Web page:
3 Reasons Why Softball Players Should Avoid the Bench Press

Main Takeaway: There are other solid alternatives to help increase upper body strength that are safer on the anterior shoulder and more user-friendly for novice lifters than the bench press.

 Unfortunately, in many (not all) college weight rooms the bench press is a regular tool strength and conditioning coaches use to help increase upper body strength in softball players. 

Why is the bench press a poor choice? 

Issue 1: The bench press is not suited for a novice lifter but rather a selection more appropriate for intermediate and advanced lifters (2-3 years of training experience). 

Due to the fact that many college freshmen get their first experience strength training EVER at team lifts is a fact that all coaches need to consider before implementing the bench press into their programs. 

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Issue 2: Novice bench pressers tend to use zero upper back arch to help stabilize the shoulder joint or if they do arch it's from the lumbar spine and not the thoracic (upper back).  

Bench pressing with poor technique over a long period of time can cause nagging anterior shoulder and low back pain, two overuse injuries some softball players tend to accumulate over the course of the season. So why risk it when there are safer alternatives? 

Issue 3: Many young women have not EARNED the right to use the bench press simply because they are not strong enough to do more than 5-8 easy reps with just the bar. 

With that being said, the majority of athletes are better off mastering various dumbell and push-up variations to help gain strength and increase confidence. 

Note** My rule of thumb is to make sure my female athletes can crush a 35-40lb dumbell bench press for sets of heavy doubles or triples and crush 10 solid push-ups before tossing them on the rack. 

Why the Dumbell Bench Press is a better variation to help novice lifters get stronger
 

Reason 1: Theres no barrier to entry

With the bench press, you NEED to be able to press 45 pounds no ands ifs or buts about it. With the dumbell bench press its more efficient to meet the athlete where their current strength levels are and build from there. 

Reason 2: Grooves technique and helps build context for the bench press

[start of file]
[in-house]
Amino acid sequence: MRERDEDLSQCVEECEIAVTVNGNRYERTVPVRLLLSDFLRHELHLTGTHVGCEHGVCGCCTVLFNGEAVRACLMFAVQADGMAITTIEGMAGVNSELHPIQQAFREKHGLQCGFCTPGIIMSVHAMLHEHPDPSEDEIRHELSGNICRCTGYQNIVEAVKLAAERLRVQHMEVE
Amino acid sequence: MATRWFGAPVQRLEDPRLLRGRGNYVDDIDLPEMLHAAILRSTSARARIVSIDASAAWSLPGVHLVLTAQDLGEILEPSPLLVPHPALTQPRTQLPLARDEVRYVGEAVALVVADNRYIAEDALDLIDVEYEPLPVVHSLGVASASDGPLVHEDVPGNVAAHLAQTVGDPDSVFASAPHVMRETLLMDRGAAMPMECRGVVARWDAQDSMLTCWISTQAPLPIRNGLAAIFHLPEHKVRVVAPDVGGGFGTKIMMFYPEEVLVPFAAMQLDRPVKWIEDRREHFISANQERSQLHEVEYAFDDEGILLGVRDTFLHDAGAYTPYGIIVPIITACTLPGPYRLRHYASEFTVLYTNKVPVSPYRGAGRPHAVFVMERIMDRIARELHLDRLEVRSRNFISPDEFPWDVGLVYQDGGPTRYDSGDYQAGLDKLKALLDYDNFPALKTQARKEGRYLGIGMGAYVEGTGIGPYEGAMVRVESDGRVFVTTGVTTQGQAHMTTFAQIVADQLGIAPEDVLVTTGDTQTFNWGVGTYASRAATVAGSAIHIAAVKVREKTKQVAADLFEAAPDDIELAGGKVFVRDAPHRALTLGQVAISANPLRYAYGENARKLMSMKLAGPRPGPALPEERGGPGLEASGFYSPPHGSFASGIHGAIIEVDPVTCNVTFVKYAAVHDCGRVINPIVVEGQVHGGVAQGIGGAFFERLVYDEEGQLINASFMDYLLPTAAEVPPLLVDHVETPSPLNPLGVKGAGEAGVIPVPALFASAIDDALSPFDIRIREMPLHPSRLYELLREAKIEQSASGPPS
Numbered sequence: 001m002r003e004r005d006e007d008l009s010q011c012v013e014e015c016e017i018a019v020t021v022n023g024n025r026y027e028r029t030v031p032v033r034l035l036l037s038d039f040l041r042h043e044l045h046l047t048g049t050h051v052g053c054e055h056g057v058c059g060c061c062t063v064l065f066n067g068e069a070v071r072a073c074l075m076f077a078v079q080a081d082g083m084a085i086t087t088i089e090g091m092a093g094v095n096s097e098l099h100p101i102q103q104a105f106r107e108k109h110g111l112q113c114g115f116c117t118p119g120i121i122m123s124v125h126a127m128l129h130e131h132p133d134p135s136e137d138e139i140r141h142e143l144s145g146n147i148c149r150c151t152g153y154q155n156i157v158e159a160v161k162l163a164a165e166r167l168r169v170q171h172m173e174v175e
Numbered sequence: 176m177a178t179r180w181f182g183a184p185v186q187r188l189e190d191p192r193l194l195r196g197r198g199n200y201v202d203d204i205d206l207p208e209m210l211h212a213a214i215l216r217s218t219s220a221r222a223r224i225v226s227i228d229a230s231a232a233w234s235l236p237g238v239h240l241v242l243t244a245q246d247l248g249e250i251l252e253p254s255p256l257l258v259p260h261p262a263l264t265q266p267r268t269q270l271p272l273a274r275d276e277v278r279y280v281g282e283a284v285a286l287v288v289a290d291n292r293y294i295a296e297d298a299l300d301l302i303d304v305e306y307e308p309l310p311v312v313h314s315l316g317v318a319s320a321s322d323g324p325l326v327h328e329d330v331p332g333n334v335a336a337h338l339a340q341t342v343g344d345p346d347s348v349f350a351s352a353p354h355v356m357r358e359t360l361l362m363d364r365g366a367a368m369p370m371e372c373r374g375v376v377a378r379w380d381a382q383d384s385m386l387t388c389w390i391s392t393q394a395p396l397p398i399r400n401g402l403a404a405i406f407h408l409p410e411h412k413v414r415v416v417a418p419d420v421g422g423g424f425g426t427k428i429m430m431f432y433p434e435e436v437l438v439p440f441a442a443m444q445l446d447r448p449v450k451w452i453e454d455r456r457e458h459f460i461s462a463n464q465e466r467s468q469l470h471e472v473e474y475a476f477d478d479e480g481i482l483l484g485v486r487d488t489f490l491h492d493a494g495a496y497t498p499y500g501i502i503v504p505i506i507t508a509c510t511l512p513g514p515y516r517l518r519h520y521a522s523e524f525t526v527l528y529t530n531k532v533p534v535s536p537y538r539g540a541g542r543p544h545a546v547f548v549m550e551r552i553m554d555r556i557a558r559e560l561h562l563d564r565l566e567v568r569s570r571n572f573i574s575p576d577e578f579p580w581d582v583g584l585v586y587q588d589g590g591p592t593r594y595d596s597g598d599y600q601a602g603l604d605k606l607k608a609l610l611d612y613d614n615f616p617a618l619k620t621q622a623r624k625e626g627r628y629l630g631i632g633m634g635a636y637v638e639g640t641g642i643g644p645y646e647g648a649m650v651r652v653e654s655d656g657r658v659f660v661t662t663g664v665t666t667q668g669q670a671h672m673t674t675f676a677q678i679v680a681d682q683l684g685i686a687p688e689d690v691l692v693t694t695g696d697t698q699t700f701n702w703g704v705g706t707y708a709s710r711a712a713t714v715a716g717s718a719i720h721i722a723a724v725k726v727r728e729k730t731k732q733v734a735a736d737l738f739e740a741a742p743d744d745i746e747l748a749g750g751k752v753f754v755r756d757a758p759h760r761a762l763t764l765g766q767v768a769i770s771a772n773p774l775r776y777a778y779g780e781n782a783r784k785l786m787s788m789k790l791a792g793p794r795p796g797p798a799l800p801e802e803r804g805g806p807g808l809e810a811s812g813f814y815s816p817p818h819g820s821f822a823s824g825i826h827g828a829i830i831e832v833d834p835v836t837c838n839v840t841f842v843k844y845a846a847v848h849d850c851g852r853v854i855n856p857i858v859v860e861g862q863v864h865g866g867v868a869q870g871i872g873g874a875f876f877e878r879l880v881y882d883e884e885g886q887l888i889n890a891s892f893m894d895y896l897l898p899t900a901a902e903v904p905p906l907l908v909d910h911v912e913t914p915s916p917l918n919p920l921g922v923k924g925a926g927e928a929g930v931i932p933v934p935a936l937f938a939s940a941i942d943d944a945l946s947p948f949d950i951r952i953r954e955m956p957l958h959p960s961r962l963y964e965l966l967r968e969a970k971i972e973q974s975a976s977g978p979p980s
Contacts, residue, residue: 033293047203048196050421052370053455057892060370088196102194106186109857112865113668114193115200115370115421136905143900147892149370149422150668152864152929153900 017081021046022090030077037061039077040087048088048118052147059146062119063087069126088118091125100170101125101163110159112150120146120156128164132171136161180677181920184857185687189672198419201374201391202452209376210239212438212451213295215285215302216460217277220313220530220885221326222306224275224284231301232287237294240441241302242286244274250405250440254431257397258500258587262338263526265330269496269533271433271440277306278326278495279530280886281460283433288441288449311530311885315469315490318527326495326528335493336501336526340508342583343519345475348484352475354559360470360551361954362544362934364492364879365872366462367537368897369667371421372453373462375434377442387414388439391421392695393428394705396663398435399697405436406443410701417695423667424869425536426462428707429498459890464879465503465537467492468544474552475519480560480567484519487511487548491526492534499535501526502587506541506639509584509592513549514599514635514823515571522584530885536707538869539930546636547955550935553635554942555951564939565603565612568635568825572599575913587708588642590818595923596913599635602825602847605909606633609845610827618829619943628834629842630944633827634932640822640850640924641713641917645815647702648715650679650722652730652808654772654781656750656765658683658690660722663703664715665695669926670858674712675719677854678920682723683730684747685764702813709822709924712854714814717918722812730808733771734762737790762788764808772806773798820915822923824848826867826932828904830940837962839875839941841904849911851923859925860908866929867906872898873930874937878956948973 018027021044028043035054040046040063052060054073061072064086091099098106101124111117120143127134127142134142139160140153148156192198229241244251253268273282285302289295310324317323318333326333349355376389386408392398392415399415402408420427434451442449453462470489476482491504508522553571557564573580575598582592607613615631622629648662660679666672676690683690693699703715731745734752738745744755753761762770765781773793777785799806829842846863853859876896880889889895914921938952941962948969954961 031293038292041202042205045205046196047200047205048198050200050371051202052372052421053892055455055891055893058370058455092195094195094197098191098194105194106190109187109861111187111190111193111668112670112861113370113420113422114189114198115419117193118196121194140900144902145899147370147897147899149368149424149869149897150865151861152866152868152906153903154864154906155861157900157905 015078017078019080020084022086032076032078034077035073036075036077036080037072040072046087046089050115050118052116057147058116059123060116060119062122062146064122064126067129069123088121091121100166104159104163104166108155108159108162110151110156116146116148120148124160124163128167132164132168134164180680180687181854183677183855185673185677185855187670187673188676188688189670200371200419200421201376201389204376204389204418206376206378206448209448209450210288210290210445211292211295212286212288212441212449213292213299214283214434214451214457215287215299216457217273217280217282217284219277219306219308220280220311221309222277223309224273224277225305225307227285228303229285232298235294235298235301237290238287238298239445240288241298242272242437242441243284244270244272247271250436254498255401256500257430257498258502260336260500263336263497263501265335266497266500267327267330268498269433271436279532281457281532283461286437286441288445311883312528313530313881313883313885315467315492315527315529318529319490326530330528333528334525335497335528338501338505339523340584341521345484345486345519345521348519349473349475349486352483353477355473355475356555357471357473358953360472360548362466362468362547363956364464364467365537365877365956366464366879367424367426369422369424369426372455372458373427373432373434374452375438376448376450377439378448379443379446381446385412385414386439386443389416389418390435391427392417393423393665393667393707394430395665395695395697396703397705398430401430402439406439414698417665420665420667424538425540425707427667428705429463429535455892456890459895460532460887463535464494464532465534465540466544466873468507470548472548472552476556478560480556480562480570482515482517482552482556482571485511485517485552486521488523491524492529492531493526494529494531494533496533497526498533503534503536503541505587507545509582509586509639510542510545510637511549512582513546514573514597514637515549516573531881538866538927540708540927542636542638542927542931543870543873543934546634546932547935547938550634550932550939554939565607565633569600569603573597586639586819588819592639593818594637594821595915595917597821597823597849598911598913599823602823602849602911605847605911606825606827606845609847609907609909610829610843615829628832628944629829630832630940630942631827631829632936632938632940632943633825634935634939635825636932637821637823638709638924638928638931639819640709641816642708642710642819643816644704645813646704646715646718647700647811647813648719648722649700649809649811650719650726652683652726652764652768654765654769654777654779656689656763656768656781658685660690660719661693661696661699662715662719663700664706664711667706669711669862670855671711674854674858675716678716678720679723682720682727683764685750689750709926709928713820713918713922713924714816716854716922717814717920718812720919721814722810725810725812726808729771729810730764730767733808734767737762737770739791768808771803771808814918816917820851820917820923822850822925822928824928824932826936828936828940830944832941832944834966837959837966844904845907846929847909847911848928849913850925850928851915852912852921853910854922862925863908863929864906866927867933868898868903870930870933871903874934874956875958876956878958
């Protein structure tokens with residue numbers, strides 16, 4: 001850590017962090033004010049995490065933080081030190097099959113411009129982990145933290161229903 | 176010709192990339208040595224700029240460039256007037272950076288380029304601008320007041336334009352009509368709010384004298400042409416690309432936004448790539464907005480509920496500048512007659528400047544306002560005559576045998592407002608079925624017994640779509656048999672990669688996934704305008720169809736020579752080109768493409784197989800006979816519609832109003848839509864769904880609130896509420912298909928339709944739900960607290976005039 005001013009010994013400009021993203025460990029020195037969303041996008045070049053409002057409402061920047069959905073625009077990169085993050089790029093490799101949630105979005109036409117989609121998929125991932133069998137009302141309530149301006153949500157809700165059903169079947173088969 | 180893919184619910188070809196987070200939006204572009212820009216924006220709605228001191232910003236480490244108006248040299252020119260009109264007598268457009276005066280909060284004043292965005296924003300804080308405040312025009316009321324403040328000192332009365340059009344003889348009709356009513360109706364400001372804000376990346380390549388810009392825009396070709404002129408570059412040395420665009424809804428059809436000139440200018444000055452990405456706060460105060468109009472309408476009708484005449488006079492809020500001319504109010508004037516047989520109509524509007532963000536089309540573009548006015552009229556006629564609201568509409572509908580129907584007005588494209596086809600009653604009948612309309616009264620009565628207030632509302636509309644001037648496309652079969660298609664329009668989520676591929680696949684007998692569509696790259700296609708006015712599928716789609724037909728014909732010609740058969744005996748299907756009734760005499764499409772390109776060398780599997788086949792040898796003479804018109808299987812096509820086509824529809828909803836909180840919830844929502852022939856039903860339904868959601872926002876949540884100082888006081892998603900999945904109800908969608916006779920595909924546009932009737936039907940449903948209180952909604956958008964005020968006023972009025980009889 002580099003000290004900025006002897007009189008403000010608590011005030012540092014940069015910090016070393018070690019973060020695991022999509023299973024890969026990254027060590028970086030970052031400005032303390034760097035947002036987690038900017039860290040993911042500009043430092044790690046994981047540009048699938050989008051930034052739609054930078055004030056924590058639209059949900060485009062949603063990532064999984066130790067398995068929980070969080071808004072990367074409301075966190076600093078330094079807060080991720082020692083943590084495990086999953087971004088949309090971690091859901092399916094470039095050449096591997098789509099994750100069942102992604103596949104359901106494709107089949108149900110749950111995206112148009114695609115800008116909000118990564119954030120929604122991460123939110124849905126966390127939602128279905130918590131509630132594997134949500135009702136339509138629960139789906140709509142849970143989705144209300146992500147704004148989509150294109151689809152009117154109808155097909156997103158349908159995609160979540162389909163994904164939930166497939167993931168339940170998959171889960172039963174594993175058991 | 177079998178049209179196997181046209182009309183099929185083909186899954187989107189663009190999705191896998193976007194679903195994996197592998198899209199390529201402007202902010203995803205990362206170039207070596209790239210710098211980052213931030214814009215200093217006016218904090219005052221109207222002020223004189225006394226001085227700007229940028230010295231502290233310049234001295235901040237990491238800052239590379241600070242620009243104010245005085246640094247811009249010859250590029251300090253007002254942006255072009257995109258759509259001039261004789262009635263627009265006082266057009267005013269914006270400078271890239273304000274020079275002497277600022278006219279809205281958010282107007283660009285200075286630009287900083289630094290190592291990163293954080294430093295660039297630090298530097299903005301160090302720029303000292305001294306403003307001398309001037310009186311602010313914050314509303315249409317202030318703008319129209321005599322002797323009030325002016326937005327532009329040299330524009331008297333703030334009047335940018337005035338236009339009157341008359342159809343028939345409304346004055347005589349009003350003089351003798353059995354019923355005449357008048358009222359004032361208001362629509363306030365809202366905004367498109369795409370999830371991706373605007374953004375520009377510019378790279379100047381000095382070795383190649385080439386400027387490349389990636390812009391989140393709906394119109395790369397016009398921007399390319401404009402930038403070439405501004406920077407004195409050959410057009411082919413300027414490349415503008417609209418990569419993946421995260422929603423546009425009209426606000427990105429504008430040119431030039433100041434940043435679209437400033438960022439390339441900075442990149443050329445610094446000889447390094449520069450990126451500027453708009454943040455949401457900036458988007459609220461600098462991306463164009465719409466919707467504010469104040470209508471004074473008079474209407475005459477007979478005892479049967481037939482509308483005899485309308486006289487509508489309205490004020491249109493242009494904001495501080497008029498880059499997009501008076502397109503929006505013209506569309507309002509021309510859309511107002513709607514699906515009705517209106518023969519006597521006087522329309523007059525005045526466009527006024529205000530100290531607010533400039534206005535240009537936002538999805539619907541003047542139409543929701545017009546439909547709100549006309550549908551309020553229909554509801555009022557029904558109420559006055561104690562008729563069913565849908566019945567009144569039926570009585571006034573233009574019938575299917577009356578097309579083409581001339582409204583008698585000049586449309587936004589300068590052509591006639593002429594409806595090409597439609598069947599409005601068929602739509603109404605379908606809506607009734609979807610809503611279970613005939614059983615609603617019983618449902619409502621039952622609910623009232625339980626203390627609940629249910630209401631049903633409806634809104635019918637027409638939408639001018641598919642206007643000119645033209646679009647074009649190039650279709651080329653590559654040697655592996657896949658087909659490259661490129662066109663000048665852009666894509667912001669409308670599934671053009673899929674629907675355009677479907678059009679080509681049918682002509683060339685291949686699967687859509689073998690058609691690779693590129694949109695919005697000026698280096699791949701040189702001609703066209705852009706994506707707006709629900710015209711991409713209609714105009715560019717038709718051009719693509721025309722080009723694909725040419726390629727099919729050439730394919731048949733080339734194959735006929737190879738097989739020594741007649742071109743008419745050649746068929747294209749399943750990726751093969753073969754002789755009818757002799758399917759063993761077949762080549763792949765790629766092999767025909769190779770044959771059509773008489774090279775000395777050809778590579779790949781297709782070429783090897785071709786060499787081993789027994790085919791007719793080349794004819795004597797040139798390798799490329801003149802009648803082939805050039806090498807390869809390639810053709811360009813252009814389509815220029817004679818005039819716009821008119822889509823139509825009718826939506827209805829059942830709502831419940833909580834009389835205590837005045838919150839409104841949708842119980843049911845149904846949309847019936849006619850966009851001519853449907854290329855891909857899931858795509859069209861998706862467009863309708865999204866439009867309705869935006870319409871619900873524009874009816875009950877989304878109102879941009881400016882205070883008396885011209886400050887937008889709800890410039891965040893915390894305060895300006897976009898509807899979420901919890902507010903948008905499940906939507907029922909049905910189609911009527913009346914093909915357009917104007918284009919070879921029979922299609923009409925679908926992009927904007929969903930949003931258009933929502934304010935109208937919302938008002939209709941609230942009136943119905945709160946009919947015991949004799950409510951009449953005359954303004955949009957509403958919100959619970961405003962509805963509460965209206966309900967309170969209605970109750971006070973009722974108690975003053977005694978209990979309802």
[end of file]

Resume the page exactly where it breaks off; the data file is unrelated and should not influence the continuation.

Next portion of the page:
The dumbell bench press or floor press requires a solid upper back arch, full body tension and control to perform correctly. Check out this video to get a quick tutorial on why I coach the floor press this way. 

 
 

Reason 3: Builds proprioception

Have you ever handed a new lifter a dumbell and asked them to perform a floor press? 

If you have, you understand that newer lifters lack a true sense of where the body is in space. For their first few times its not uncommon to see their arms flying all over the place. 

Note** Use tempos ( 3 seconds lowering, 1-second pause, 1-second up) to help them learn how to create tension, start and end in the same spot. 

Reason 4: Dumbells allow the wrist and elbow to rotate if needed

With some athletes, they have hypermobile ulnar nerves and when they do various pulling or pressing variations it can aggravate the ulnar nerve when it slides over the medial aspect of the elbow. 

The dumbell bench press gives the individual a wider range of hand positions and degrees of freedom to travel. This freedom allows athletes to find a hand position that best works for them. Verses the bench press athletes are locked in with a pronated grip which does not suit all lifters and their individual anatomy. 
 

Be Safe, Not Sorry 

The barbell bench press is a great tool to help increase upper body strength for experienced lifters who have earned the right to use it. For novice lifters start implementing dumbell bench press variations. These variations are safer on the anterior shoulder and easier for novice lifters to learn.